Andy Serkis was born and brought up in Ruislip, West London. He grew up wanting to be a painter/graphic artist and eventually studied visual arts at Lancaster University. Being so close to the Lake District, it just so happened that it also enabled him to follow his other passion in life, mountaineering!
Whilst at university, he became heavily involved in the theatre studies department, which had a broad-based approach including design, lighting, staging, as well as history and acting theory. After performing in a production of Barrie Keefe’s play Gotcha, Andy decided that he wanted to become an actor.
In 1985 he began working at the Dukes playhouse, Lancaster, where he started to learn his craft. Under the direction of Jonathan Petherbridge, he performed in fourteen plays on the trot, playing a wide variety of characters in plays including Volpone, The Good Person of Szechwan, and A Midsummer Night’s Dream.
After that, Andy joined a number of touring companies, including Paines Plough and Hull Truck (Bouncers), then joined David Freeman’s company at the Lyric, Hammersmith, working on Freeeman’s epic production of Faust. In 1989 Andy began his long association with the Royal Exchange Theatre, Manchester, in Braham Murray’s production of Macbeth. He would return many times to appear in plays such as She Stoops to Conquer, Your Home in the West, and Unidentified Human Remains and the True Nature of Love. He played the emcee in Cabaret at the Sheffield Crucible, Macheath in The Threepenny Opera for the Bubble Theatre, Jerry (the Jack Lemmon role) in the musical version of Some Like It Hot at the West Yorkshire Playhouse. He was awarded the Manchester Evening News Best Actor award for his performance in Steven Berkoff’s two hander, Decadence.
In the 1990s Andy began to make his mark on the London Stage, particularly at the Royal Court Theatre, receiving critical success for his roles as Dogboy in Hush , The fool in Max Stafford Clark’s production of King Lear, and as Potts in the original production of Jez Butterwoth’s hit play Mojo.
At the same time his career in film and television began to gain momentum. On television, his first breakthrough role was Tom in the hit geordie gangster series Finney. Over the following years he played a wide range of roles in many TV dramas, including Grushko, The Jump, The Arabian Nights, Touching Evil, Shooting the Past, and was highly acclaimed for his performance as Bill Sykes in Alan Bleasedale’s adaptation of the Dickens classic, Oliver Twist.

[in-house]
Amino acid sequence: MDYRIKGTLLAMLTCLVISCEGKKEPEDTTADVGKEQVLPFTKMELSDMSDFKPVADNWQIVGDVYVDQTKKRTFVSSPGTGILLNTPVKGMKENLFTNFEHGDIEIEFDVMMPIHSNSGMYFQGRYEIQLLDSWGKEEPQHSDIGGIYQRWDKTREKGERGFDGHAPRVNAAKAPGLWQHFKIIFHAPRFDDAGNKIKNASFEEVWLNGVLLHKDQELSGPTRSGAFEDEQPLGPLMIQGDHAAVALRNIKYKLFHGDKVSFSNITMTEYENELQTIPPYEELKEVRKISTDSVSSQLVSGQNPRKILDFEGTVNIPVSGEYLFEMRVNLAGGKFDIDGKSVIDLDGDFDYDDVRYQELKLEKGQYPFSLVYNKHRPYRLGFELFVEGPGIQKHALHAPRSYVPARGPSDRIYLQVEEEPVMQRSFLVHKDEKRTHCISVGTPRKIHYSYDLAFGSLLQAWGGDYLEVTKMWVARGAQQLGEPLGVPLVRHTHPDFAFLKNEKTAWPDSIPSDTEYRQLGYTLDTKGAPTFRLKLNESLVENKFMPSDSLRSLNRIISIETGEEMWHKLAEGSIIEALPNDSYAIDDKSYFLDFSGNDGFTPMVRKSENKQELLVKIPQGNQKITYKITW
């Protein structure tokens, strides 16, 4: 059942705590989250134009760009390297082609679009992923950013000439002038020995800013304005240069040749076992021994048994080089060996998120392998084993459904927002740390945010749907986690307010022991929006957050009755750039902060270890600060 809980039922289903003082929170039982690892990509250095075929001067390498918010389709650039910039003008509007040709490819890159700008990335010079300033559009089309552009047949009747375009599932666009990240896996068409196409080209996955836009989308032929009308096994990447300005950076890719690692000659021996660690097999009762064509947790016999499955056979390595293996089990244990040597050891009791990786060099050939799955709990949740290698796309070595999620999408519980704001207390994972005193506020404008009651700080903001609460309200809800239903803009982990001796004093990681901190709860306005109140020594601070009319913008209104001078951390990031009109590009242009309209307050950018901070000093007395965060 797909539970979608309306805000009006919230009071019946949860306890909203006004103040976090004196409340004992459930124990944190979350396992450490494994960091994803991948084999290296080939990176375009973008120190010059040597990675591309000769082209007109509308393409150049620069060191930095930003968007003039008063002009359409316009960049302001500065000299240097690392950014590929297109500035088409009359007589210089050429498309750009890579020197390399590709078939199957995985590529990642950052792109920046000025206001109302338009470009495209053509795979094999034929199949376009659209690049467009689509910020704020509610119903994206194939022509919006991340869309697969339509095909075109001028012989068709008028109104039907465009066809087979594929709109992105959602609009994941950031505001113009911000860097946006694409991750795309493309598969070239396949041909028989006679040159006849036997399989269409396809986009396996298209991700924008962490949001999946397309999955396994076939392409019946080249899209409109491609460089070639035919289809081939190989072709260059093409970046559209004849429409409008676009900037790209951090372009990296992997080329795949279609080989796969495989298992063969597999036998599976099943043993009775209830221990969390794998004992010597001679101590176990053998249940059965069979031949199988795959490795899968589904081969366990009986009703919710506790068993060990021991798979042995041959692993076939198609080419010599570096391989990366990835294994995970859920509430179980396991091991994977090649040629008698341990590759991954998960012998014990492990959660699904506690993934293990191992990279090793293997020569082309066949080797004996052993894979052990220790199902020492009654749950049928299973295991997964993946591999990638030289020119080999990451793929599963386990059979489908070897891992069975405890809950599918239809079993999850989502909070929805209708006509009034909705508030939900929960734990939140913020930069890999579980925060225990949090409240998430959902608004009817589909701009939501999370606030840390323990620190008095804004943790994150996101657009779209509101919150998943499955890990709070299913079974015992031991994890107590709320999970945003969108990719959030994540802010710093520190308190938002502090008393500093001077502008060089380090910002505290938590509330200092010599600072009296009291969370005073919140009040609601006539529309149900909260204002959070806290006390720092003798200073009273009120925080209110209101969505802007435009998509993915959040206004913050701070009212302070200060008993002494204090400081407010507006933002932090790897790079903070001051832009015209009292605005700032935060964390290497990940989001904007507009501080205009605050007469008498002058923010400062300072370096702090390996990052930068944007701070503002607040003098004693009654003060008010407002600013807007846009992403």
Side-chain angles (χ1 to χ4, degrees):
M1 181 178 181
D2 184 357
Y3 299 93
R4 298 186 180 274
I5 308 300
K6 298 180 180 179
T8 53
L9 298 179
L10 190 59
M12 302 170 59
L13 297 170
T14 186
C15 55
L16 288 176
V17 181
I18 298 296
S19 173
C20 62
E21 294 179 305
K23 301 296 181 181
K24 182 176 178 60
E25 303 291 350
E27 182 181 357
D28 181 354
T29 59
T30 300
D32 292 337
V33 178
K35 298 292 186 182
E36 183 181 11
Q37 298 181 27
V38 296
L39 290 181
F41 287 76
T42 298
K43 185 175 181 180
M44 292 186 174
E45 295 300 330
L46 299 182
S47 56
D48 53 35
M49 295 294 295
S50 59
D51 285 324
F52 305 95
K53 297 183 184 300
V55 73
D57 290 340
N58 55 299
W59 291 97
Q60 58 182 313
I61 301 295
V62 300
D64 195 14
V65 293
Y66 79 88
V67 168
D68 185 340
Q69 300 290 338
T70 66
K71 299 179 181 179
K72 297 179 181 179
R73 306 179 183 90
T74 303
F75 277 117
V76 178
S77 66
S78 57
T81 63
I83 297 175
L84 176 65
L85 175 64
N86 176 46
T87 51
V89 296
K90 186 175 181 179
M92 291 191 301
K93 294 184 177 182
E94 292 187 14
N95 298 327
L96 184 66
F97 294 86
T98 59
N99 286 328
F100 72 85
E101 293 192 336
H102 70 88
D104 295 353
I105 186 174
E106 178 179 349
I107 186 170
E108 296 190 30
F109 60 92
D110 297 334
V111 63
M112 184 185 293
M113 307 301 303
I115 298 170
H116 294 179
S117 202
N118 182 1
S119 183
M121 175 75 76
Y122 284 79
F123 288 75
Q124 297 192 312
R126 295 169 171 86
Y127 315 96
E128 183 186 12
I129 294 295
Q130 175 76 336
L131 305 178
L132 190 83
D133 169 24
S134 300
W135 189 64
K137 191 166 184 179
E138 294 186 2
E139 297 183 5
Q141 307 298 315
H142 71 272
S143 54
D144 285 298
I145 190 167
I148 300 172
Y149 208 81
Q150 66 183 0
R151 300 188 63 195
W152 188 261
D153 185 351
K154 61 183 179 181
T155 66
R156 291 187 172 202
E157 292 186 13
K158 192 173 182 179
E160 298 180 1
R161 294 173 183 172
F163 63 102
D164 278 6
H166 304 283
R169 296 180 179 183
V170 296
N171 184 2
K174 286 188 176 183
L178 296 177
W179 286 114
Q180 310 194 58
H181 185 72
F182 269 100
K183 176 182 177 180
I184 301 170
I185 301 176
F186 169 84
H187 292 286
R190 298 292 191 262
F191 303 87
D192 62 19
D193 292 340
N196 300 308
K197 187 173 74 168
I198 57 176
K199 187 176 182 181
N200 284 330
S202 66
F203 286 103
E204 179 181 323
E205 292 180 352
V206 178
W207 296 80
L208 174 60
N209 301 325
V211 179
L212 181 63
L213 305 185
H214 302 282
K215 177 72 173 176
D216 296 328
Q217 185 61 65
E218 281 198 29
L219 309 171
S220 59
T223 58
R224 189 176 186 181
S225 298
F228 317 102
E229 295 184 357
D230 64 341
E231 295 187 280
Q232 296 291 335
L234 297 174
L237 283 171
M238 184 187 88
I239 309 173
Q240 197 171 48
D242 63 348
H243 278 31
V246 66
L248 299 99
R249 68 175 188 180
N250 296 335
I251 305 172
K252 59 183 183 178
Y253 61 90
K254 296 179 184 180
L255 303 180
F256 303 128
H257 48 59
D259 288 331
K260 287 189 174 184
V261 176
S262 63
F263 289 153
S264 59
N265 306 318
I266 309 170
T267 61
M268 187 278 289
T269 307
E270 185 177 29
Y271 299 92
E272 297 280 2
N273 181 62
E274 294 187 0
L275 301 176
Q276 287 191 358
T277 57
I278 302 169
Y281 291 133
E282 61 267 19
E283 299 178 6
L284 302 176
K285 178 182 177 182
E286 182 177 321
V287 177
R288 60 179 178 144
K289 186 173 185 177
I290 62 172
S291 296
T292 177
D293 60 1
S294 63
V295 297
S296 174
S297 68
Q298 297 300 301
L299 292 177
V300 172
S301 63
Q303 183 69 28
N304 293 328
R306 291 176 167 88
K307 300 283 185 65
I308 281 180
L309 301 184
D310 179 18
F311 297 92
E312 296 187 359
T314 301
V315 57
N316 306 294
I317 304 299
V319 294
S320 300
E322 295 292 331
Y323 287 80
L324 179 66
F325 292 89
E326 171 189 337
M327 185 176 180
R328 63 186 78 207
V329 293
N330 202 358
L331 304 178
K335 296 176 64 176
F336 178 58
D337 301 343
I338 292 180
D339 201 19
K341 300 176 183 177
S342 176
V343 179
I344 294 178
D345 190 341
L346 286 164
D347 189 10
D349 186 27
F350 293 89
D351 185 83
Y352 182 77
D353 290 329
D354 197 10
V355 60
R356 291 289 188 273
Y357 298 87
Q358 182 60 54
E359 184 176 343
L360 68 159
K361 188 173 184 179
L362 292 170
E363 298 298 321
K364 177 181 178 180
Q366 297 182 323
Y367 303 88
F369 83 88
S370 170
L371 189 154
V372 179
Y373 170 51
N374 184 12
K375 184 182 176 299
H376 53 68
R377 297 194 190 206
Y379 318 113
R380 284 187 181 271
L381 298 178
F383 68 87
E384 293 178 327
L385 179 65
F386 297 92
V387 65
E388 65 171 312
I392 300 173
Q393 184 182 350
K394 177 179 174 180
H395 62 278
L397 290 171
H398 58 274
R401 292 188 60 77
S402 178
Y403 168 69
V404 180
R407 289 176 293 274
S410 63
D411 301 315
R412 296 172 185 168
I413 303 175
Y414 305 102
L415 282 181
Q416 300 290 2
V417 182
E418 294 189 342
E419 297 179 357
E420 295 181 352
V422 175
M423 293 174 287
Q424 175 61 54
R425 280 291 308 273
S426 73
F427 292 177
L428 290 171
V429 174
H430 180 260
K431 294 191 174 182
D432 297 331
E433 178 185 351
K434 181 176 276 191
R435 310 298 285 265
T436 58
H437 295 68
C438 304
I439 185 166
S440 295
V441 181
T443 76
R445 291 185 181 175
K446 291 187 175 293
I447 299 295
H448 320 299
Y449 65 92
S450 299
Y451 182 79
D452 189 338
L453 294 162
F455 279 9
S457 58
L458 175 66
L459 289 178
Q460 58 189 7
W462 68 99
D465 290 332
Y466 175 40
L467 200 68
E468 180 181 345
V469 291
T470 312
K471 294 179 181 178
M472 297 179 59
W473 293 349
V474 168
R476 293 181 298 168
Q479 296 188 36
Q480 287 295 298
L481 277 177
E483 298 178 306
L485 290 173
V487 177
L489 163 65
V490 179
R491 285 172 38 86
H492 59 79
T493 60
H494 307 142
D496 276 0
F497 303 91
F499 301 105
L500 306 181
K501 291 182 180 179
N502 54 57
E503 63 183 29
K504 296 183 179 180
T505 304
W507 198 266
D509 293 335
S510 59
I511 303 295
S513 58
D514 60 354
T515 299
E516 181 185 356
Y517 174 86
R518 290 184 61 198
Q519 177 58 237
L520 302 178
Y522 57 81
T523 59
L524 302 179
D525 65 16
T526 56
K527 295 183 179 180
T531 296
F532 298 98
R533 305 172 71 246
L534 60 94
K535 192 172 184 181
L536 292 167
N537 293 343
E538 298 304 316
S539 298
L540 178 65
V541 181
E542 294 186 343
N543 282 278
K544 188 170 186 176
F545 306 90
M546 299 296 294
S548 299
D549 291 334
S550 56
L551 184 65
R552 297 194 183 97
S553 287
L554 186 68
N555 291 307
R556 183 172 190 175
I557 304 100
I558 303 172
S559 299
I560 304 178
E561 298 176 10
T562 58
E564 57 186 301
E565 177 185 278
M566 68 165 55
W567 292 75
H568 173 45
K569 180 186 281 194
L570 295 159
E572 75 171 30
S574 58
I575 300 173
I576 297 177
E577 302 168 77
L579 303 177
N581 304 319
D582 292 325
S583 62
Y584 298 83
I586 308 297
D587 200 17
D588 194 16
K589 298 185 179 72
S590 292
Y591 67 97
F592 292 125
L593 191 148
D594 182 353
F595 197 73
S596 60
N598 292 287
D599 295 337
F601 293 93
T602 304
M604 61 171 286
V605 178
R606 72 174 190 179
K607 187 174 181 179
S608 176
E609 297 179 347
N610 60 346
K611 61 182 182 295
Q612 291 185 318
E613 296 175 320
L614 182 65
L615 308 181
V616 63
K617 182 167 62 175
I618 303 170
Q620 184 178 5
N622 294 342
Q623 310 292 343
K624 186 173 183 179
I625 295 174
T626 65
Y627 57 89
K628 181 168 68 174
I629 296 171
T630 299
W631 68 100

He returned to the stage in 1997 to play Phil in the British premiere of David Rabe’s hit play Hurlyburly for Peter Hall's company at The Old Vic. It was a great success and transferred to the West End (Queen's Theatre).
Over the next few years Andy concentrated on film work, spending the best part of one year creating the character of John D'Auban, Gilbert and Sullivan's choreographer in Mike Leigh's Topsy Turvy. Other roles included Jacobin revolutionary John Thelwall, in Julien Temple's film Pandaemonium , and as Mel, Michael Caine’s minder in Shiner directed by John Irvine.
In 1999, Andy was offered the prize role of Gollum in Peter Jackson’s epic film trilogy version of J.R.R. Tolkien's saga The Lord of the Rings -- Although the principal photography for all three films took place over 18 months, Andy spent much of 2002 and 2003 in post-production due to the complex technical nature of bringing Gollum to the screen. The role has been one of the most psychologically complex, physically demanding and technically challenging roles to date.
In between trips to New Zealand, Andy played Factory Records producer Martin Hannett in Michael Winterbottom’s Madchester film 24 Hour Party People, and Private Quinn in Michael Bassett’s debut feature, World War I horror film Deathwatch.
He has also returned to the stage twice -- as Jake in Sam Shepard’s play A Lie of the Mind directed by Wilson Milam at the Donmar warehouse, and most recently to play Iago in Braham Murray's production of Othello at the Royal Exchange Theatre, Manchester.
Upcoming films include Tintin for Steven Spielberg and Peter Jackson, and The Hobbit.
Andy has always continued to paint, and is pursuing his goal to work on the other side of the camera -- in September 2001 he wrote and directed his debut short film Snake. He directed a successful run of The Double Bass on stage in London. He is currently involved in developing several feature film projects with his co-producer Paul Viragh. He was Second Unit Director on The Hobbit. He is also slated to direct feature films including Animal Farm, based on the novel by George Orwell.
Andy lives in North London with his wife, actress Lorraine Ashbourne and their three children Ruby, Sonny and Louis.